Third, science is learning what ancient wisdom has always known. Researchers at the Institute of HeartMath have detected the heart’s electromagnetic field at least five feet from the body in all directions.  The signal from one person’s heart impacts the brain waves of another. Appreciation generates an ordered heart wave pattern called heart coherence, while anger produces a measurably disordered pattern.**

Aaron must distinguish the “ritually unclean” from “the clean.” For me, feeling stressed, intolerant, and negative creates uneasiness that might equate to being “ritually unclean.” Feelings of appreciation, loving-kindness, and heart-coherence produce a calmer state, perhaps equivalent to being “ritually holy and clean.” From a state of heart coherence we are more likely to experience creativity and connection to those qualities that, in the words of the Psalmist, make us “little less than the angels.” (Psalm 8:5)

Through the heart, people have always participated as co-creators in partnership with the Source of Life. Now, the coming together of scientific knowledge and ancient wisdom has brought forth more understanding about the possibilities to create a conscious way of living, which is in harmony with each other and the earth, through accessing the heart’s energies.

This Torah portion calls our attention to powers of the heart that were given to us for all time. We are all interconnected through our hearts and the meditations of the heart do make a difference.

The words of the Psalm, which we say every week, mean so much more to me now.

May the words of my mouth and the meditations of my heart
be acceptable to You, Adonai, my Rock and my Redeemer.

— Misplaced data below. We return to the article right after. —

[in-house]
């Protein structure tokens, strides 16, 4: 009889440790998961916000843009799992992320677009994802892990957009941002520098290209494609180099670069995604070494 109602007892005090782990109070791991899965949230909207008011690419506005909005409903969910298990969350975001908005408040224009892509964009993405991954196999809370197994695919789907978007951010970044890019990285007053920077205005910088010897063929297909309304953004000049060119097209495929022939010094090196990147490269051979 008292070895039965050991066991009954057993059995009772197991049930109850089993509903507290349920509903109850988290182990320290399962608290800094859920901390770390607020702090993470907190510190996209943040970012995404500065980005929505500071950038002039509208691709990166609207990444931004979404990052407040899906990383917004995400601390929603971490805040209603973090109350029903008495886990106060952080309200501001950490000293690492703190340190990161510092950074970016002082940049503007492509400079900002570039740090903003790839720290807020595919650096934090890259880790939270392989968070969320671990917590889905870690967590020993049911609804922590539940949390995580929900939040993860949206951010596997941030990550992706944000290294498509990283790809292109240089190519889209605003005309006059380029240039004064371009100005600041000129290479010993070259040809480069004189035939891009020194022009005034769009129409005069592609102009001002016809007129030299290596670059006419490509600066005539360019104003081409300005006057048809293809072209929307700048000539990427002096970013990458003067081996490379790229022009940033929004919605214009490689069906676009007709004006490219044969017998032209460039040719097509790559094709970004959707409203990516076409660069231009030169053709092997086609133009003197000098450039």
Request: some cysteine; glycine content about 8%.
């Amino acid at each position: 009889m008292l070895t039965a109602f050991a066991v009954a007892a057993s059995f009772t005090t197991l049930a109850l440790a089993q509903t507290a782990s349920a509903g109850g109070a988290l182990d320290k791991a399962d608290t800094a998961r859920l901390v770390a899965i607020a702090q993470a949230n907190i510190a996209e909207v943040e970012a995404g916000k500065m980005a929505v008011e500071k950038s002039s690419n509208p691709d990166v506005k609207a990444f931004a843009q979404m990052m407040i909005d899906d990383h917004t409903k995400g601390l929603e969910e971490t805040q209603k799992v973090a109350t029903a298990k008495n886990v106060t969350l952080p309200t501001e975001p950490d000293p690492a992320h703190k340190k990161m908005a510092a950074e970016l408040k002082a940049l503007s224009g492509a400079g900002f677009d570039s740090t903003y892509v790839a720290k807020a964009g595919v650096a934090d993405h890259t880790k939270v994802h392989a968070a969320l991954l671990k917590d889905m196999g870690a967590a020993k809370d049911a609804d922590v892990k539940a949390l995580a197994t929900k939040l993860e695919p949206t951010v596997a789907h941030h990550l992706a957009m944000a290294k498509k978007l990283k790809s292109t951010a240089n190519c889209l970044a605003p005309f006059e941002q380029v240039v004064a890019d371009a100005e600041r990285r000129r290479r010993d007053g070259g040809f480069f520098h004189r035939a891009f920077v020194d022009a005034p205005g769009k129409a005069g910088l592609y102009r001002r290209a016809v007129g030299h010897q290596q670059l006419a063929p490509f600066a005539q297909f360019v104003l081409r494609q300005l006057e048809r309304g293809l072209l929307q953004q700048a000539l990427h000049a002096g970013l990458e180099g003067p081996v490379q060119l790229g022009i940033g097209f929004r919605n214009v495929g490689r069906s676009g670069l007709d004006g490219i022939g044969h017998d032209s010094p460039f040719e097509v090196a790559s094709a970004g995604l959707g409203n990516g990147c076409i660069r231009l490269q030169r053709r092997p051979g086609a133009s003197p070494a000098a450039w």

(Psalm 19:15)   


** For over 20 years, researchers at the Institute of HeartMath (IHM) have been investigating the physiologic methods by which the heart communicates with the brain. They have noticed that the pattern of the heart’s electromagnetic waves will impact brain waves. In other words, we experience feelings in the heart before our brains can help us verbalize them.  Furthermore, researchers have learned that the electromagnetic field of the heart is greater than that of the brain and can be measured at least five feet out from the human body in all directions. And the electromagnetic signal of one person’s heart can impact the brain waves of another person nearby. Understanding the significance of these findings, we can become more conscious about how we contribute to either harmony or conflict among people.  An exciting project called the Global Coherence Initiative applies this research for planetary change.

“In mid-2008, the Institute of HeartMath created the Global Coherence Initiative to bring people around the world together to unite the collective power of their hearts to care for each other and our planet.  Less than three years later more than 38,000 people in 87 countries are participating in this humanitarian and science-based project. . . . to help shift global consciousness from the instability and discord we often see to greater cooperation, harmony and enduring peace.” [Institute of HeartMath Newsletter, (Spring 2012, Vol. 11/No. 1) p. 6.]

 For more information about heart coherence and research of the Institute of HeartMath go to  IHM has posted many of their research papers on-line.  My information came from the following sources:

McCraty, Rollin and Doc Childre. The Appreciative Heart: The Psychophysiology of Positive Emotions and Optimal Functioning. Boulder Creek, CA: Institute of HeartMath, 2002, 2-3.

McCraty, Rollin. The Energetic Heart: Bioelectromagnetic Interactions Within and Between People. Boulder Creek, CA: Institute of HeartMath, 2003, 3.

1 comment:

Diane Schmidt said...

Anne I like your commentary! And congratulations!